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Mega-dock project passes all approvals unnoticed

Conceptual drawings shows expansion plans for Manteo Resort marina in red. Existing boat slips are in white. - contributed
Conceptual drawings shows expansion plans for Manteo Resort marina in red. Existing boat slips are in white.
— image credit: contributed

Only a handful of people know Rotary Beach as well as Marc Brillinger.

“I’m a kite boarder, area resident, stand up paddler—I don’t think anyone uses that beach as much as I have,” he said.

That familiarity with the beach made his initial reaction to early dock development at Manteo Resort, admittedly, predictable.

“When they did the first section a few weeks ago, I thought that was bad,” he said.

What followed, however, is something he said should rile everyone who values public spaces.

“Then they went a 100 metres in the lake in front of Rotary Beach and I thought, ‘That’s crazy,’” he said. “Then, before you knew it, there were pilings.”

The 172-slip dock development that’s to follow is mapped out in government documents to measure about 2.2 hectares of surface water.

Making it more significant in scope is that each slip will be fitted with a lift, so boats won’t sit in the water, they’ll be hoisted above.

“It’s a public beach and one of the most pristine and beautiful in the Okanagan. It’s really spectacular,” Brillinger said.

“Now this will block the supernatural view to Peachland. They’ve completely eliminated the view across the lake.

“They’ve reached a new low for extracting public resources for private wealth. It’s just mind numbing what they’ve done.”

A land act application to build the new dock was filed with the B.C. Ministry of Forests, the government body in charge of approving such developments, Dec. 24, 2009.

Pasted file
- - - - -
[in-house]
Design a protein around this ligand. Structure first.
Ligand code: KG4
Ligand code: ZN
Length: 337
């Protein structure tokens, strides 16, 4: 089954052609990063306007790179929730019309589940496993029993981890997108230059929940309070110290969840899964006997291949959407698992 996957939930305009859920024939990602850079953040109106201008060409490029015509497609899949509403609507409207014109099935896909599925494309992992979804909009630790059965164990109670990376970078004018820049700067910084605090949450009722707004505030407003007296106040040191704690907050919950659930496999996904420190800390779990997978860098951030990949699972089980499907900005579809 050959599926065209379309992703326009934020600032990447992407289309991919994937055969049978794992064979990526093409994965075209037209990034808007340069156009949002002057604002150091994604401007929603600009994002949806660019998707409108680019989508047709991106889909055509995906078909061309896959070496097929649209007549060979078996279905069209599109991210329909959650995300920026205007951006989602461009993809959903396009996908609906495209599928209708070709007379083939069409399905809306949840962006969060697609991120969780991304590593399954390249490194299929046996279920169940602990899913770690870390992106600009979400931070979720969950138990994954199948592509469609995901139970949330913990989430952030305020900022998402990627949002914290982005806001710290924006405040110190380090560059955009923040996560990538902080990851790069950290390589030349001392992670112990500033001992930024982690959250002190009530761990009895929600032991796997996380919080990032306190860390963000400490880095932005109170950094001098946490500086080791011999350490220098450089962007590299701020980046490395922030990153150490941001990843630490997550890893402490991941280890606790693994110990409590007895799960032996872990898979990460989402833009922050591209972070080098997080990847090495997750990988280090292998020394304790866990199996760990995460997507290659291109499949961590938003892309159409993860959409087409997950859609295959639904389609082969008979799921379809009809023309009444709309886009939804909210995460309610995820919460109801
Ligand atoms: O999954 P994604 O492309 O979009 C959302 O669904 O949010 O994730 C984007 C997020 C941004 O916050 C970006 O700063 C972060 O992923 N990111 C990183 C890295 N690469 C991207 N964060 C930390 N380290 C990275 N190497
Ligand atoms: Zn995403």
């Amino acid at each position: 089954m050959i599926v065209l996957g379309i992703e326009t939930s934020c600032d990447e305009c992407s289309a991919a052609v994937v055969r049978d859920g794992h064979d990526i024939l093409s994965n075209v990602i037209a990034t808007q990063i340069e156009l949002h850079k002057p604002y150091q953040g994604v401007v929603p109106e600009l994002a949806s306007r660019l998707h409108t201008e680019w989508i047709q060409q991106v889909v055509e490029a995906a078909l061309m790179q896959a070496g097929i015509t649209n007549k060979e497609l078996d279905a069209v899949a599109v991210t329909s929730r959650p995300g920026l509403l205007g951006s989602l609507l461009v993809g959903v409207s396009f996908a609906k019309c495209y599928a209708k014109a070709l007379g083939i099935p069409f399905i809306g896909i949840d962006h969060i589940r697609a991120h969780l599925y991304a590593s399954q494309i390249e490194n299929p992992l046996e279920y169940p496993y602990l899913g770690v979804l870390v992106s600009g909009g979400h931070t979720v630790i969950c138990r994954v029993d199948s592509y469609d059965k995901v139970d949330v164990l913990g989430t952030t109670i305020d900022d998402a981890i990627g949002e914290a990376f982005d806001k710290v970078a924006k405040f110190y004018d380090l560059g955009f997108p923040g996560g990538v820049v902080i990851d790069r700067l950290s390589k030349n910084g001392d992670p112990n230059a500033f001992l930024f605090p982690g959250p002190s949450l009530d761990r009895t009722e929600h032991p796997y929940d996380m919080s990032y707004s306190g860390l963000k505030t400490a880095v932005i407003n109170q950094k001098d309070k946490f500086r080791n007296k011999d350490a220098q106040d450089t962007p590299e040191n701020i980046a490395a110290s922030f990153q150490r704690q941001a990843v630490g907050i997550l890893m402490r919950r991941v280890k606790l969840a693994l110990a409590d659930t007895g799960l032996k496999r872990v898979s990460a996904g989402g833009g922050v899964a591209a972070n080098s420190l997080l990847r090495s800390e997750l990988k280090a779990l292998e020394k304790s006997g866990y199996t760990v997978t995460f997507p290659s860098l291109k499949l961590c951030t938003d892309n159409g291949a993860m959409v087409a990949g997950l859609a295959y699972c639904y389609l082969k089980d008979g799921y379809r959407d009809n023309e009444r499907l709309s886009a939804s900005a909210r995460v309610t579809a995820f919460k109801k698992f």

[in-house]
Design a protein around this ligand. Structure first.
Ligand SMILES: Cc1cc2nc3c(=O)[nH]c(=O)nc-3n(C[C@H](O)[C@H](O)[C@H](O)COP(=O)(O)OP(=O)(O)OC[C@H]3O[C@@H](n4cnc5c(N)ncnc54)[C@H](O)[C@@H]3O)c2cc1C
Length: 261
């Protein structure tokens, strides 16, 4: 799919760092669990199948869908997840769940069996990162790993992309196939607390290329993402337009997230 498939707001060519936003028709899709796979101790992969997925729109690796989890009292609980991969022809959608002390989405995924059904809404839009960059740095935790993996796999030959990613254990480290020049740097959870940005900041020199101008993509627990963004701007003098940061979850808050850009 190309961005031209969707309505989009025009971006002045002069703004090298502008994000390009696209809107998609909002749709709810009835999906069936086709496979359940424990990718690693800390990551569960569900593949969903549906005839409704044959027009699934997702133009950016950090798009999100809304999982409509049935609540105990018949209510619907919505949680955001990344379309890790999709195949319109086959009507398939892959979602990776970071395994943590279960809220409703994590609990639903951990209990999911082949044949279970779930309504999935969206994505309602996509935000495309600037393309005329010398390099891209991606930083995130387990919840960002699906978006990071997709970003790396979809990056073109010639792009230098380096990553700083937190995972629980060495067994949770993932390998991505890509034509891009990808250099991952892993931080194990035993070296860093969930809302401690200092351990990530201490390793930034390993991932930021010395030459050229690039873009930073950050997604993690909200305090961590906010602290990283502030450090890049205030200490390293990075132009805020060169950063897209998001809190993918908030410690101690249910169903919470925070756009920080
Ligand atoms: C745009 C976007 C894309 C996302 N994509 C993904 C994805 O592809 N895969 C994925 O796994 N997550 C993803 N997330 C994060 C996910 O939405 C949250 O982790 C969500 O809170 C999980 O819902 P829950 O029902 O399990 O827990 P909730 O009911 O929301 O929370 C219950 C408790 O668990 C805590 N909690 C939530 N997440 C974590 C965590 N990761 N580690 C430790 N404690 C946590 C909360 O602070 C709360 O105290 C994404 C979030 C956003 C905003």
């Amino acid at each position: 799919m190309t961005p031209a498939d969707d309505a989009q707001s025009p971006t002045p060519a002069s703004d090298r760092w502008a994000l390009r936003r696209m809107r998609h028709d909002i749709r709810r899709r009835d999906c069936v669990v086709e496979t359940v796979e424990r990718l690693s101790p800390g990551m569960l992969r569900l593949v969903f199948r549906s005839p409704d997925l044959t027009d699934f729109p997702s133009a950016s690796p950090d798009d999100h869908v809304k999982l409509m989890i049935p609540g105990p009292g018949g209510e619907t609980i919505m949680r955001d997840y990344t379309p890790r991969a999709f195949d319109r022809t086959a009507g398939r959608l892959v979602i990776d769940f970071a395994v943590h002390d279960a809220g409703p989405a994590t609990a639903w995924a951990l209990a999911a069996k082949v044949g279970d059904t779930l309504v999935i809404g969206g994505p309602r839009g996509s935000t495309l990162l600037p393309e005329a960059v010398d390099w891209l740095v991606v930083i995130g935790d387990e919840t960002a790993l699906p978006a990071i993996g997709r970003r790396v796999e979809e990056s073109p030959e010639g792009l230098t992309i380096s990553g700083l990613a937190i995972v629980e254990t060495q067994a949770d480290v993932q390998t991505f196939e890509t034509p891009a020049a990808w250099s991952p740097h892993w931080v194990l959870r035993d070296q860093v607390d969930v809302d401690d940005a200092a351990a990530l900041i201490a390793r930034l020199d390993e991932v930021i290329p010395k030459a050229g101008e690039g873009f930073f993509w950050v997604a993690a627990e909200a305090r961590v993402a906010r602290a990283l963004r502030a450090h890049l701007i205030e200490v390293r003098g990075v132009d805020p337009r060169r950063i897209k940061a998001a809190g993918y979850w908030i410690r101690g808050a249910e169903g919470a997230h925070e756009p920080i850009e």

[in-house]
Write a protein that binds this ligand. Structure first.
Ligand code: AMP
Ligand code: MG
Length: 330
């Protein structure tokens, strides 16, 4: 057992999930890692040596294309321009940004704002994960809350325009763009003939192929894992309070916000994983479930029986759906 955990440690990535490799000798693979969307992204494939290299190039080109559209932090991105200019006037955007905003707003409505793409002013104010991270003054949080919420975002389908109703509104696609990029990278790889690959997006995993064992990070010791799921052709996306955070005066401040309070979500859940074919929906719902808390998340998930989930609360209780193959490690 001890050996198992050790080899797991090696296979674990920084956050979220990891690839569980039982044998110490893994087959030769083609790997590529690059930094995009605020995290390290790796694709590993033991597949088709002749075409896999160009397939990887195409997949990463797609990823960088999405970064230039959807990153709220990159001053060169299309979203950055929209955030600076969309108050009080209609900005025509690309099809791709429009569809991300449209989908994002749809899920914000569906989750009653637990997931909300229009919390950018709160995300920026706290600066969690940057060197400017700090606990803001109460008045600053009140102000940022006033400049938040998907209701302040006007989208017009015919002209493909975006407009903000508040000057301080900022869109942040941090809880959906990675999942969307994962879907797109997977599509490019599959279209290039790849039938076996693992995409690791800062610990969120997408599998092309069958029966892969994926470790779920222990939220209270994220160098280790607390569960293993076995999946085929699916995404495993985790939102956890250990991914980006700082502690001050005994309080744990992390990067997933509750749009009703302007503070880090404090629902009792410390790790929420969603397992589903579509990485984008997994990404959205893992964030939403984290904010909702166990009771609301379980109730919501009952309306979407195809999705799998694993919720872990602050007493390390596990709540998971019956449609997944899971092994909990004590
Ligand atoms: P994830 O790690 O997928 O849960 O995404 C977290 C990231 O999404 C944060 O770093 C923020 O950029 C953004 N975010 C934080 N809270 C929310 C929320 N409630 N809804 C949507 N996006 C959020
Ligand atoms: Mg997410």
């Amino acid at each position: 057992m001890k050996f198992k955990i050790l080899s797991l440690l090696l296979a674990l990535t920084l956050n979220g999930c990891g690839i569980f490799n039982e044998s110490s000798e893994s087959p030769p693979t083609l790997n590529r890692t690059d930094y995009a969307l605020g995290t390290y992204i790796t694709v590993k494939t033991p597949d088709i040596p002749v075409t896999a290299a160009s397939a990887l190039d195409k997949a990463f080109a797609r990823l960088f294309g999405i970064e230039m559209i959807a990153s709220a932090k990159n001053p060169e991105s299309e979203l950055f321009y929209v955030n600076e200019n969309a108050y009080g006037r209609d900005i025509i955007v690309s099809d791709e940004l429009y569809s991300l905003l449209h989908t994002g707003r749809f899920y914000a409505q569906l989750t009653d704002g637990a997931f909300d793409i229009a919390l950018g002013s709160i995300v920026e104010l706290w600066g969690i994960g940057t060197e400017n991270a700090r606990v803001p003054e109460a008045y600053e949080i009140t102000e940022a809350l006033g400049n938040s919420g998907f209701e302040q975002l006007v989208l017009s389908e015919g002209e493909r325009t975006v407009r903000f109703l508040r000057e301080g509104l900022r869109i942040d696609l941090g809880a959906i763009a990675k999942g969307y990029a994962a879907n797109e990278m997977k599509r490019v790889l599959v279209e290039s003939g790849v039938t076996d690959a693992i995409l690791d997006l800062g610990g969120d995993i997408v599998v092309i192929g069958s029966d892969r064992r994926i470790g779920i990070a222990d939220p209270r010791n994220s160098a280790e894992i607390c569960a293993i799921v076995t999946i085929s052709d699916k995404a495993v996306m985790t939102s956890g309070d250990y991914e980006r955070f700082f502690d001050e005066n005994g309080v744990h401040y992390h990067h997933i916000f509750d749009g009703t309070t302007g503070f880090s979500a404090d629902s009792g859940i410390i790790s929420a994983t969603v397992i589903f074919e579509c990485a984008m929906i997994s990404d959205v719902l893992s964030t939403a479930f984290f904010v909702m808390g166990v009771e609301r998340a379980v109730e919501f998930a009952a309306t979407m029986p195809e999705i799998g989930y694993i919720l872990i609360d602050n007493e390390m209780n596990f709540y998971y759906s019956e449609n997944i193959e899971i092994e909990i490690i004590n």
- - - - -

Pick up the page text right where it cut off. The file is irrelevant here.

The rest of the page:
Greig Bethel, a public affairs officer for the ministry, said in an email that the project was then approved by the ministry Aug. 21, 2013, and Transport Canada recently provided its OK for the proposal.

All of these approvals, Bethel said, were put in place with ample public consultation.

That meant the city was asked if they had issues with the proposal, and apparently they didn’t.

The applicant, Manteo Resort owner Adrian Block, also twice advertised his intent to build out in a local newspaper and received little complaint.

Block may have jumped through all the right hoops, but Brillinger said that raises questions about why the standard was so low for such a wide-reaching, mega-project.

“Why did the province authorize that thing? The balance between business and corporate institutional is skewed and that dock exemplifies that,” he said.

He also has concerns about why the developer didn’t follow the lead of his contemporaries, and engage in his own public consultation.

A different local developer, Brillinger said, did two years of stakeholder consultation for a much smaller scale development. The City of Kelowna, when it was talking about redoing parts of Rotary Beach, brought in all the key stakeholders for a number of meetings.

This project is coming as a surprise to all who have seen it, he said.

Block wasn’t able to answer questions of why the project slipped by so silently, as he’s out of town, but resort general manager Heather Schroeter said nothing surreptitious was done.

It was simply a matter of following the process as it’s been laid out.

“There’s been call for input over the years. There has been opportunity for public input,” she said. “Block has those details.”

Schroeter also added that the scope of the development won’t initially be as significant as they’ve been approved for.

“We’re just doing the first row, so around 40 slips,” she said.

There are 20 for resort guests, 20 for Smack Dab guests and 10 are boat rentals.

“Then in the fall we might put in another 20, so that will be 60,” she said.

There’s no firm timeline for when the next 112 slips will go in, but the initial phase should be completed by June.

Once in, Schroeter doesn’t think it will have a significant impact on lake users.

“There are paddlers and kite surfers and everything out there,” she said.

“In our opinion, it doesn’t change the area that much.  It’s a big lake in front of Rotary Beach.”

The problem, as she sees it, is that people have a hard time adapting to change.

“We are just trying to make the waterfront nicer for everyone,” she said.

“We wouldn’t be doing it if we thought it was the wrong thing for the people.”

A boardwalk project that goes hand in hand with the other development is scheduled to get underway in May.

That will be done for summer as well.

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